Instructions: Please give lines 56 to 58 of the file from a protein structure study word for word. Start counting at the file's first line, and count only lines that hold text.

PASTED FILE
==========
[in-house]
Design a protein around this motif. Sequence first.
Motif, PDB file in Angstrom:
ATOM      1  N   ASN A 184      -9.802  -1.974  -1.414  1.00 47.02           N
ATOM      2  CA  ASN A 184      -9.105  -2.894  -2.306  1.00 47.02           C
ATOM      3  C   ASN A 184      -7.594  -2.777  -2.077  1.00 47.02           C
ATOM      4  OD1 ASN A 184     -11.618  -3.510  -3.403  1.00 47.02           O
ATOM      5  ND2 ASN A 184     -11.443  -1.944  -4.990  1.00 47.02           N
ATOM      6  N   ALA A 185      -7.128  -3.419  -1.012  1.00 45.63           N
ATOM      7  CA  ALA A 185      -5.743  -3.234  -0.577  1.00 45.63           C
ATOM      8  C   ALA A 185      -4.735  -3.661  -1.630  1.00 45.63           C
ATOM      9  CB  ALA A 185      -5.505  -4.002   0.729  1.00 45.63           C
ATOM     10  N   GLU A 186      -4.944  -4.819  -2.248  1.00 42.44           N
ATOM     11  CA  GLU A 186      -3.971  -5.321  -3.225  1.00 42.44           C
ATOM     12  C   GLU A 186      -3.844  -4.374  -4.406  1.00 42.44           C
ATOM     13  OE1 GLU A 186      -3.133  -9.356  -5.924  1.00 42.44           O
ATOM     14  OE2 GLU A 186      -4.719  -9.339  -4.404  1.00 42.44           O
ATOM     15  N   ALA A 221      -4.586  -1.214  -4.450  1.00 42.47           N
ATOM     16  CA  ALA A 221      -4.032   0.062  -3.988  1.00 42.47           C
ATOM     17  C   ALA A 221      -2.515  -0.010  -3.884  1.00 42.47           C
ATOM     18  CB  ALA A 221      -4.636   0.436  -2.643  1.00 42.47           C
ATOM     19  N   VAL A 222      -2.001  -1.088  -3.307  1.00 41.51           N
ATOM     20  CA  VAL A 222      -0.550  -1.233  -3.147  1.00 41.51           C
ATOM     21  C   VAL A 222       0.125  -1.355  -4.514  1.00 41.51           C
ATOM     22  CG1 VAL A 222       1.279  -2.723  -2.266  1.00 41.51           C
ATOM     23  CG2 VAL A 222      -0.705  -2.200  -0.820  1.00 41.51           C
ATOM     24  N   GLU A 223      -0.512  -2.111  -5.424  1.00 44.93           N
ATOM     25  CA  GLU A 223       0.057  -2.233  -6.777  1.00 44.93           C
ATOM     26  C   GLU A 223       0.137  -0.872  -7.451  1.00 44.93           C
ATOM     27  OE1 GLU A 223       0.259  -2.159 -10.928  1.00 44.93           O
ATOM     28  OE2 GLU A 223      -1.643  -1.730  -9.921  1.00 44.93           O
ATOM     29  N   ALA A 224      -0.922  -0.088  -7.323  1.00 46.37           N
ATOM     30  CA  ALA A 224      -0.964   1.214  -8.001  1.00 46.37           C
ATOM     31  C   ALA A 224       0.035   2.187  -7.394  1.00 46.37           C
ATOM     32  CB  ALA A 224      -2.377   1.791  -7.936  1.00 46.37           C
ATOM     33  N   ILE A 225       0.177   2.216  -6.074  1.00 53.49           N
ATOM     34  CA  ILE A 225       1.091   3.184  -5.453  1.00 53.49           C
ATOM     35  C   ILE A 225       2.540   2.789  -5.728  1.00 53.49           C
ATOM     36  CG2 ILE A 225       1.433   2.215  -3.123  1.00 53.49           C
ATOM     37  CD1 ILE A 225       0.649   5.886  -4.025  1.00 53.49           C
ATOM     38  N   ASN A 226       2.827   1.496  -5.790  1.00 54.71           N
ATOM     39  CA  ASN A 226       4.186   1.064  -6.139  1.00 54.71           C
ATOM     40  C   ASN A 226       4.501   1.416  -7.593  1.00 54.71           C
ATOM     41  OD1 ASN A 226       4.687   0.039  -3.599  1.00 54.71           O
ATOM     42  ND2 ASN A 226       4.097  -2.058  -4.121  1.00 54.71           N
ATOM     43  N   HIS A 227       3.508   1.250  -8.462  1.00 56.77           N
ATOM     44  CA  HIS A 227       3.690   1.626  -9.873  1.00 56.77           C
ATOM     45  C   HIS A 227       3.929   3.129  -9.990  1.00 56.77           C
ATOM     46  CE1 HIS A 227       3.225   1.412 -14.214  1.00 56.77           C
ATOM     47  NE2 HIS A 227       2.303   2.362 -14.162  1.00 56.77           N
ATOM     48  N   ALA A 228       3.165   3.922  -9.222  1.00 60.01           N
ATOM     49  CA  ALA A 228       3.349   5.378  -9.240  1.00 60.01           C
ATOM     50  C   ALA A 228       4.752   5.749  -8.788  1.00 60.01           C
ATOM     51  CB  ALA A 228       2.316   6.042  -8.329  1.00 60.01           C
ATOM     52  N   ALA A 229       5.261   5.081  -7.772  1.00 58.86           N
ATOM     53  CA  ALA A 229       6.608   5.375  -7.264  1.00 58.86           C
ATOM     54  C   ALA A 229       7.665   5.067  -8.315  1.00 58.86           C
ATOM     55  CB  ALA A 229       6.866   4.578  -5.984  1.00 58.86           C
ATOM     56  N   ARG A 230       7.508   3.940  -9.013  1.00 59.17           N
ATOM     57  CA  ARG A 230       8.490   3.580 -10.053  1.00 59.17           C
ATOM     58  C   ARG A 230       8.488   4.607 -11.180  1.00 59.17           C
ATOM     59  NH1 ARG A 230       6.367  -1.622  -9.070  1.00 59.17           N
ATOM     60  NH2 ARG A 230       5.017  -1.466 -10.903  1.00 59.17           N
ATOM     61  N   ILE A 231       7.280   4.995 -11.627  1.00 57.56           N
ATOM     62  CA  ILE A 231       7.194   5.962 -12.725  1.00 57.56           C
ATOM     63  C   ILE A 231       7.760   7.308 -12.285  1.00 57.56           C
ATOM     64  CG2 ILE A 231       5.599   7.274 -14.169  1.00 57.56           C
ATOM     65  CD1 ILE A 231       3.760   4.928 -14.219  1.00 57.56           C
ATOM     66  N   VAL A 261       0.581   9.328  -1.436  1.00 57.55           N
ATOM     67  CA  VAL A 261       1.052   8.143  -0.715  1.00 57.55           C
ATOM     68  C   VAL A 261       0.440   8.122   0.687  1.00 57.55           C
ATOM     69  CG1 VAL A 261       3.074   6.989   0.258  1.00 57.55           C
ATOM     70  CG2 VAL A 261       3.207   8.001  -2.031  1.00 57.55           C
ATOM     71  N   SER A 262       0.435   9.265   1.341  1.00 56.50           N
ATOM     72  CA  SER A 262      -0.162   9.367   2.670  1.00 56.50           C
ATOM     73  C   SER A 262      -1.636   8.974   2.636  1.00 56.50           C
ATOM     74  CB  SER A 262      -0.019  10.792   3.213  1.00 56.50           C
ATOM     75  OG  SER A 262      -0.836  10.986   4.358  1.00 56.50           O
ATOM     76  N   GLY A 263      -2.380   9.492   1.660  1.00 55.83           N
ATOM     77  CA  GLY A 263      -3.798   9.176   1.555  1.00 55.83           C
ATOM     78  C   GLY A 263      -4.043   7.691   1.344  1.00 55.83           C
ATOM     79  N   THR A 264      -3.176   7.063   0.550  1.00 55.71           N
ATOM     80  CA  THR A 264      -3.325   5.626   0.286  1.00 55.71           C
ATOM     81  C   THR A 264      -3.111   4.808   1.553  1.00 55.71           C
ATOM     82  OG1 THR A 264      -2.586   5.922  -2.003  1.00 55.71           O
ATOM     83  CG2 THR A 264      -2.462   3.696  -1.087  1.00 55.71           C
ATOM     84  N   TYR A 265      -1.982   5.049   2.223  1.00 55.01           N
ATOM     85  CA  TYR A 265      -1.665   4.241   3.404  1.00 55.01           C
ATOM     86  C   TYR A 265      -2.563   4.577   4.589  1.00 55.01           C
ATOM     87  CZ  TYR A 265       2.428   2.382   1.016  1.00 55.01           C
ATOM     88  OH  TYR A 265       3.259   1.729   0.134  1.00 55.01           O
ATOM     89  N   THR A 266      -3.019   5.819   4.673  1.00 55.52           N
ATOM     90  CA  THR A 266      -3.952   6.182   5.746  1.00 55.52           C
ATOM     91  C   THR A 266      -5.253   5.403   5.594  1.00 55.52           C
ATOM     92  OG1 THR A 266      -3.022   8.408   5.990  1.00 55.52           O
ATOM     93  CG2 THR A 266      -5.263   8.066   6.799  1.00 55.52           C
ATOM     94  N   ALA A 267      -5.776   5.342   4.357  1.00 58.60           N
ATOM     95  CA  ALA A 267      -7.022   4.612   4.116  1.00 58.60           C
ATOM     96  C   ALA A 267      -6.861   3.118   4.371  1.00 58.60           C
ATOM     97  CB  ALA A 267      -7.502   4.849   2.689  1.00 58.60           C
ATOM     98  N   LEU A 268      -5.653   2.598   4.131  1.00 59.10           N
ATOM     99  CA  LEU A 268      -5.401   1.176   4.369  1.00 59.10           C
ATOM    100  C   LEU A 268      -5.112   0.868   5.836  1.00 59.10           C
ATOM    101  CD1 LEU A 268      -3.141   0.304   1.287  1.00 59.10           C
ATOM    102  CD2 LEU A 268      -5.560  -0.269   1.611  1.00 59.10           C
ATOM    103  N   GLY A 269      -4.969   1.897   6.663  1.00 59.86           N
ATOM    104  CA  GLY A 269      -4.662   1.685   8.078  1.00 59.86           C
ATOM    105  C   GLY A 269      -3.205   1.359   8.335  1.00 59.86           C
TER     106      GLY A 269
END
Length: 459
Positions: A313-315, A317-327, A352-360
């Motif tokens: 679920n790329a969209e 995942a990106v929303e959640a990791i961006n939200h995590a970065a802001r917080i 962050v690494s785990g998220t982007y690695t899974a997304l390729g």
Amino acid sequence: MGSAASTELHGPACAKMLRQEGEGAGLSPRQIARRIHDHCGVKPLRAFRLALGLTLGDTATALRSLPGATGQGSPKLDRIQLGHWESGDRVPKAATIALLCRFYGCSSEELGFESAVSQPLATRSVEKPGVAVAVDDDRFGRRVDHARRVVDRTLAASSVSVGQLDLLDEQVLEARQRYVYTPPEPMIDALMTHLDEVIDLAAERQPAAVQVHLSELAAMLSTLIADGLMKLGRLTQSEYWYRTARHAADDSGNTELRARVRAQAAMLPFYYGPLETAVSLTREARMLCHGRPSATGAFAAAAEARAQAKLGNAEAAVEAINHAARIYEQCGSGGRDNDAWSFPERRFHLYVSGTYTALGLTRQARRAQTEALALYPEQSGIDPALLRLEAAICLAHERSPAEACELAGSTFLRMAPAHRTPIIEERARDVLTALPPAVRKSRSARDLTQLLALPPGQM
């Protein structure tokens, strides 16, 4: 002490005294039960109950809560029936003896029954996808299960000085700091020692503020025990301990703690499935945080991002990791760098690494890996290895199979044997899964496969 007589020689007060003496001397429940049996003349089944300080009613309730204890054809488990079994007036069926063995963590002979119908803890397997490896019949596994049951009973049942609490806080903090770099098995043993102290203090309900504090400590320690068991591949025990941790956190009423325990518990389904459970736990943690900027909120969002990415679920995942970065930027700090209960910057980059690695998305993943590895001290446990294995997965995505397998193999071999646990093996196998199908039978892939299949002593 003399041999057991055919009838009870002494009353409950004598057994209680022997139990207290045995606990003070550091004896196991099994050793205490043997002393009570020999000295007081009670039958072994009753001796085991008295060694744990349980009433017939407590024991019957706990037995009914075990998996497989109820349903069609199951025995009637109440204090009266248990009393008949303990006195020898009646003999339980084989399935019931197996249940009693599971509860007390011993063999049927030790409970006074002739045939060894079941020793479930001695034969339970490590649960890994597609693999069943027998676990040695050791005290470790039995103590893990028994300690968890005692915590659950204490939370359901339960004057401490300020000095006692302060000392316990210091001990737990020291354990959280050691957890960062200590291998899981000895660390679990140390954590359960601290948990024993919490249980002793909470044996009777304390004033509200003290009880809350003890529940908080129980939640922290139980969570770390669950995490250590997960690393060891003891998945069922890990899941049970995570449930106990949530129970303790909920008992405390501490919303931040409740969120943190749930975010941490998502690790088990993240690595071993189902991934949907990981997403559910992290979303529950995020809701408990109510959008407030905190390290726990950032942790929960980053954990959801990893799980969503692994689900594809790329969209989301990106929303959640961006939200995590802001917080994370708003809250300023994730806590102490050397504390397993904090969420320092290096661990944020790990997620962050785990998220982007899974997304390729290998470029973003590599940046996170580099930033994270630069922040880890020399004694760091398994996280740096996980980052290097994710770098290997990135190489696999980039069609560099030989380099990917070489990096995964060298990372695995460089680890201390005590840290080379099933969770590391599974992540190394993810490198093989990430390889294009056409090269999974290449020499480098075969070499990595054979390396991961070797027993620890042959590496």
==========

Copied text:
ATOM     53  CA  ALA A 229       6.608   5.375  -7.264  1.00 58.86           C
ATOM     54  C   ALA A 229       7.665   5.067  -8.315  1.00 58.86           C
ATOM     55  CB  ALA A 229       6.866   4.578  -5.984  1.00 58.86           C